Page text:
Warner Music turns former Ford assembly plant into Arts District music factory

The former Ford automobile factory in L.A.'s Arts District is now the home of Warner Music Group.
(Marcus Yam / Los Angeles Times)

Employees of Warner Music Group Inc. for the last several weeks have been toiling in the same red brick building where men who could have been their great-grandfathers put together shiny black automobiles.

Their new workstations line the route of an assembly line built more than a century ago to construct Model Ts, the first mass-produced cars that put motoring in reach of middle-class families.

Sun streaming in from the restored skylights meant to illuminate the nooks and crannies of engine wells is sometimes so bright that record company employees wear dark glasses while tapping at their computer keyboards.

The interior of the former Ford factory in L.A.'s Arts District was remodeled to house Warner Music Group.
(Marcus Yam / Los Angeles Times)

Of course, it’s been nearly a century since Tin Lizzies rolled off the line in the neighborhood east of downtown that has evolved over the last several years into the Arts District — a place that has drawn creative companies in search of an industrial vibe and unconventional office space.

Much of that change has been in the northern reaches of the district near Little Tokyo, where more than 1,000 apartments have been built and chic shops and restaurants flourish near a former Santa Fe railroad freight depot that has been converted to architecture school SCI-Arc.

Now, with the arrival of Warner Music — which is not just leasing but recently bought its new home — the portion of the Arts District south of 7th Street is seeing a shift in occupants from garment manufacturers, produce distributors and wholesalers to media companies, trendy retailers and upmarket restaurants that people drive across town to visit.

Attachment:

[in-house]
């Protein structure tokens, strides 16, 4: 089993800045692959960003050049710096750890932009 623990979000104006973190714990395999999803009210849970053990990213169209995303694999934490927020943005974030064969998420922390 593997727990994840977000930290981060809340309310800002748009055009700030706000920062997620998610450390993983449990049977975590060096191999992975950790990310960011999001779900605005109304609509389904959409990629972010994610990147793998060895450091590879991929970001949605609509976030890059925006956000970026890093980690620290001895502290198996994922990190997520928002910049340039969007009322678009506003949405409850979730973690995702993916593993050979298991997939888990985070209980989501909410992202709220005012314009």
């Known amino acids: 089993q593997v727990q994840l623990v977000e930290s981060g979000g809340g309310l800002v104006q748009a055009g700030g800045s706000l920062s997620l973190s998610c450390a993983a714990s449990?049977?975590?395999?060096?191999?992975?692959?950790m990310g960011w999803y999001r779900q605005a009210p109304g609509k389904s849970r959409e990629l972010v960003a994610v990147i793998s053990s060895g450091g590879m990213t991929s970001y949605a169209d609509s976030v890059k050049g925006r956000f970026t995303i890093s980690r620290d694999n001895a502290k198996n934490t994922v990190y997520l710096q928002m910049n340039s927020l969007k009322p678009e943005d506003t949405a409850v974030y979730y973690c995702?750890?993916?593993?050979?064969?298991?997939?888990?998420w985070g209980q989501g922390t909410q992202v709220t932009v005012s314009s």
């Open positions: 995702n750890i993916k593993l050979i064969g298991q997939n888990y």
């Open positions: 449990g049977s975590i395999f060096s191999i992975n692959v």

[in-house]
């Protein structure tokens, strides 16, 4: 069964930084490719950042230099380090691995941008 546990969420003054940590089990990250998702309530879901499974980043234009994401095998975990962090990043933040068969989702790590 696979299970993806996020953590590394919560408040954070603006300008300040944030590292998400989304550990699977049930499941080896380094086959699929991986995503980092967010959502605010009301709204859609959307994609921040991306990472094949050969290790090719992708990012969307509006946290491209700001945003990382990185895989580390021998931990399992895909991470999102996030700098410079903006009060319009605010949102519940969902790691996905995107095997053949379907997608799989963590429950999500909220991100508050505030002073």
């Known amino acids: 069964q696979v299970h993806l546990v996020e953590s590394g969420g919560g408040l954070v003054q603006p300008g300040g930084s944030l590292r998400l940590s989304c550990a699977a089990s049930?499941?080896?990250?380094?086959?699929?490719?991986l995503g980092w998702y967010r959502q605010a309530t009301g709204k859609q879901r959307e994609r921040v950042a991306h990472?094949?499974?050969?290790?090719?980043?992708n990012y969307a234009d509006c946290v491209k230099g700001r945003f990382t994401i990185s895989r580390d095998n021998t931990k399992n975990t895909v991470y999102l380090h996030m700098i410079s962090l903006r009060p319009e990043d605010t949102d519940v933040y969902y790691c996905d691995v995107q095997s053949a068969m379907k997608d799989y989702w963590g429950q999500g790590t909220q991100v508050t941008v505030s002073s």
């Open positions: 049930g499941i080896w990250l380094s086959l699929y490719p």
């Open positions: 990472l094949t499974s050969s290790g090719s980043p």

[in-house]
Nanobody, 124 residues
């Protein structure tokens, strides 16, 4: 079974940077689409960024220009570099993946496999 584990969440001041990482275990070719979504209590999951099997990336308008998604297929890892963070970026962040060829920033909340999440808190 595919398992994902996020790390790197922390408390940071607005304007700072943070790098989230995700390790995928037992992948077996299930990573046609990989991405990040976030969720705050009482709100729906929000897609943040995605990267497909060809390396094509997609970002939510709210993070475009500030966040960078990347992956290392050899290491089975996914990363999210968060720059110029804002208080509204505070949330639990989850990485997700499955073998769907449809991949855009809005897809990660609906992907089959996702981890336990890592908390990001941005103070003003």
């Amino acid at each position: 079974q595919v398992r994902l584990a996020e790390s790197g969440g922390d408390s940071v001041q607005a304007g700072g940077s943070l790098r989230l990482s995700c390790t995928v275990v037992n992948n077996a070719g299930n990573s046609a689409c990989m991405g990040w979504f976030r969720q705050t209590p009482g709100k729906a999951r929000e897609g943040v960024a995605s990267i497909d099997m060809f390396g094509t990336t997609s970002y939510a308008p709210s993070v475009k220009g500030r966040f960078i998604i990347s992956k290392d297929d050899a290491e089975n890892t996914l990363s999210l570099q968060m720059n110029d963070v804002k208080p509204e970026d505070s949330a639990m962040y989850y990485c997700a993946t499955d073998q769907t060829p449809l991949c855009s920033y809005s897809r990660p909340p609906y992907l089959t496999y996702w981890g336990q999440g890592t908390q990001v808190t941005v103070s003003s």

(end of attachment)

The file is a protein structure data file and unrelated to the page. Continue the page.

The neighborhood has even attracted a SoHo House — an exclusive international club operator with locations in West Hollywood and Malibu — that is being built out just south of the Ford Factory in a tall brick warehouse erected in 1916.


“The neighborhood has changed dramatically,” said Ran Zimon, who opened the Bread Lounge cafe and bakery in 2010 across Santa Fe Avenue from the Ford Factory and counts hundreds of customers daily. “A lot more people live and work in the area. Before, it was industrial with basically nothing here.”

The fast redevelopment of the area is exemplified not only by the arrival of Warner Music but by a decision by Los Angeles developer Lowe to build a nine-story office building at 2130 Violet St., half a block from the Ford Factory and near the office campus of high-speed transportation technology company Virgin Hyperloop One.

It’s one of the first ground-up offices to be built anywhere in the Arts District since the neighborhood began its revival about a decade ago.

“It’s for people looking for something different than a typical high-rise,” said Lowe executive Tom Wulf, who hopes to rent it to a single tenant.

But while the pace of growth in the southern Arts District has been picking up in recent years, the area has by no means lost its industrial grit. Big rigs navigate the sometimes-narrow streets at all hours serving the remaining manufacturers and distributors that warehouse food, toys and a host of other goods.

Still, Warner Music made the leap and consolidated its 650 employees, formerly spread among multiple outposts in Burbank and West Hollywood, into the district.

Within the building the Warner labels retain separate identities in offices designed to showcase their different histories and styles.
(Marcus Yam / Los Angeles Times)

“We said: ‘Hey, guys, why not the Arts District? Why not downtown?’” said Jonah Sonnenborn, head of real estate for Access Industries, the holding company controlled by billionaire investor Leonard Blavatnik that acquired Warner Music in 2011.

Sonnenborn said he noticed similarities between the Arts District and reemerging neighborhoods of Manhattan, such as the Meatpacking District, where property values have shot up in recent decades. In choosing the Ford Factory, Warner Music passed on sites in Santa Monica, Hollywood and Playa Vista.